Dulse

Scientific Name/Common Name: Rhodymenia palmate / Dulse

Part(s) Used: Dried whole/powdered fronds

Constituents/Active Ingredients: Protein (13%), vitamin C, calcium, magnesium, iron, zinc, selenium, iodine.

Overview: The seaweed known as dulse, otherwise known as Neptune’s girdle, is a rosy-bladed red algae that is widely distributed in the Atlantic & Mediterranean Oceans. Dulse has purple-red, short-stemmed, fan-shaped fronds that grow in tidal areas on rocks, shells, and larger algae. Dulse is rich in vitamins and minerals including iodine and can be eaten raw, roasted, boiled, fried, or dried as a relish. The custom of eating dulse, an acquired taste, dates back to at least 600 A.D. in northern Europe. Dulse used as a medicine is said to have a tonic effect and was traditionally used to treat scurvy and constipation. It is often added to soups, salads, and chowders in coastal towns where it can naturally be found.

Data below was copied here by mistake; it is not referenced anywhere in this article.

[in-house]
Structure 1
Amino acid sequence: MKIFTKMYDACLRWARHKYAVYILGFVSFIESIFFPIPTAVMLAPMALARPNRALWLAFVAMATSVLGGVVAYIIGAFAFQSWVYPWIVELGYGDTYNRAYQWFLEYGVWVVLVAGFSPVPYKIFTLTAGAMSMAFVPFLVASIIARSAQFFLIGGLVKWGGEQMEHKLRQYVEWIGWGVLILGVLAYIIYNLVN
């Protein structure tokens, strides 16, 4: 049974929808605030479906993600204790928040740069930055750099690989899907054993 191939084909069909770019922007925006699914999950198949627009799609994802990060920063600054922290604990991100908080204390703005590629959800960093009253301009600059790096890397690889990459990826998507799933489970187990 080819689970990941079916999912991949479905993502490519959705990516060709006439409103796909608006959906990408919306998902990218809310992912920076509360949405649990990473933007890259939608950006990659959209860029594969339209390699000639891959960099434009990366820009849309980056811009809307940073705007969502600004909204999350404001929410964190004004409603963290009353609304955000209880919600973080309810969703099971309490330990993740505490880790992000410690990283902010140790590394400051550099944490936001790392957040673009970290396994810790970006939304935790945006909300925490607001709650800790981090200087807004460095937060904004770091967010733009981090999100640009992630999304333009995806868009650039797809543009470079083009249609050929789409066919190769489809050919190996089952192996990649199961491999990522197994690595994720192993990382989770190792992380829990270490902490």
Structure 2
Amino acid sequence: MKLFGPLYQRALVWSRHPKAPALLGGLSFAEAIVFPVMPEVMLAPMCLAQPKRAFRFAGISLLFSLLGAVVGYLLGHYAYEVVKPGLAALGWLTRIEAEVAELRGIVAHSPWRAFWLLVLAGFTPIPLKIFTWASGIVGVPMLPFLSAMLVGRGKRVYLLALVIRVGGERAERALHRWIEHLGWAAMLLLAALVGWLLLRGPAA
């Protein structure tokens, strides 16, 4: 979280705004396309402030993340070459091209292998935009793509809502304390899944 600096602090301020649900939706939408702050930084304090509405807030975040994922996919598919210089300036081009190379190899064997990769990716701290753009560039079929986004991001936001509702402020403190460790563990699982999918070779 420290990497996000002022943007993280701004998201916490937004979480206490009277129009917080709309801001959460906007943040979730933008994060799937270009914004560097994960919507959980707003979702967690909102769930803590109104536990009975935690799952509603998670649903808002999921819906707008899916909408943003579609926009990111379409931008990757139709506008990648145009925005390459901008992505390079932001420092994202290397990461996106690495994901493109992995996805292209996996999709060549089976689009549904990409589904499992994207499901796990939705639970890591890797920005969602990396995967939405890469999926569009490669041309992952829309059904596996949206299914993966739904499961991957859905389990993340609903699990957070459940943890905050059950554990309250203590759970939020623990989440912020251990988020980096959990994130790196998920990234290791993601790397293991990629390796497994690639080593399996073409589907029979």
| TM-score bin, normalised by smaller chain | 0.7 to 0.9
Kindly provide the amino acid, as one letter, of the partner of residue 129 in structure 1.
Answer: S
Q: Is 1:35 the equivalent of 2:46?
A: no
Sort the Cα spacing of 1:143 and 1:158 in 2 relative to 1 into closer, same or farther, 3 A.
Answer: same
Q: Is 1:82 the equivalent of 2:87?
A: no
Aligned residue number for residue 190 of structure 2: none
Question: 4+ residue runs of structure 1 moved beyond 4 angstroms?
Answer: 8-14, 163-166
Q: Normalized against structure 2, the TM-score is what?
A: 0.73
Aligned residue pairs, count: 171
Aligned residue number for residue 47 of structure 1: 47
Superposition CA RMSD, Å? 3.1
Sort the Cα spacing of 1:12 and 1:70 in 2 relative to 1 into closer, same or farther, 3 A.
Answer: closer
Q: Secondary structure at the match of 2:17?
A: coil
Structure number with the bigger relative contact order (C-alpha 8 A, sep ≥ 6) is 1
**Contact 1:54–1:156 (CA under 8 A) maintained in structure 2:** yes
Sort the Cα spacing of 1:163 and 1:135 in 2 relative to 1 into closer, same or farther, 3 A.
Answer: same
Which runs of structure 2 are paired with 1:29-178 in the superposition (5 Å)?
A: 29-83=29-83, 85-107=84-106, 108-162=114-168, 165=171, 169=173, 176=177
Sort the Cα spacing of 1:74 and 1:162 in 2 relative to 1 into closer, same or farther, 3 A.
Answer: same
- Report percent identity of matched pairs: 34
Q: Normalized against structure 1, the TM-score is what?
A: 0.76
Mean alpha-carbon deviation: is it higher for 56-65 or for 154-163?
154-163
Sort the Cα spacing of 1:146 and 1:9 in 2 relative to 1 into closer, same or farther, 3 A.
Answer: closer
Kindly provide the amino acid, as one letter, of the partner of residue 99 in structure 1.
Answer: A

Traditional Use/Benefits/Body Systems: To prevent goiter (iodine content), as a flavor enhancer in various dishes, as a good source of protein, vitamins, and minerals. To prevent scurvy (vitamin C content).

Clinical Studies/Scientific Research/References:

Duke JA. 1992. Handbook of Phytochemical Constituents of GRAS Herbs and Other Economic Plants. CRC Press, Boca Raton, FL, pp. 519.

Indergaard, M. and Minsaas, J. 1991. 2 “Animal and human nutrition.” in Guiry, M.D. and Blunden, G. 1991. Seaweed Resources in Europe: Uses and Potential. John Wiley & Sons.

 

 

Disclaimer: This information in our Herbal Encyclopedia is intended only as a general reference for educational purposes. It is not a replacement for medical advice. This content does not provide dosage information, cautions/contraindications, or possible interactions with prescription drugs. Please consult any relevant product labels for detailed information on use and with a medical practitioner for individual health advice.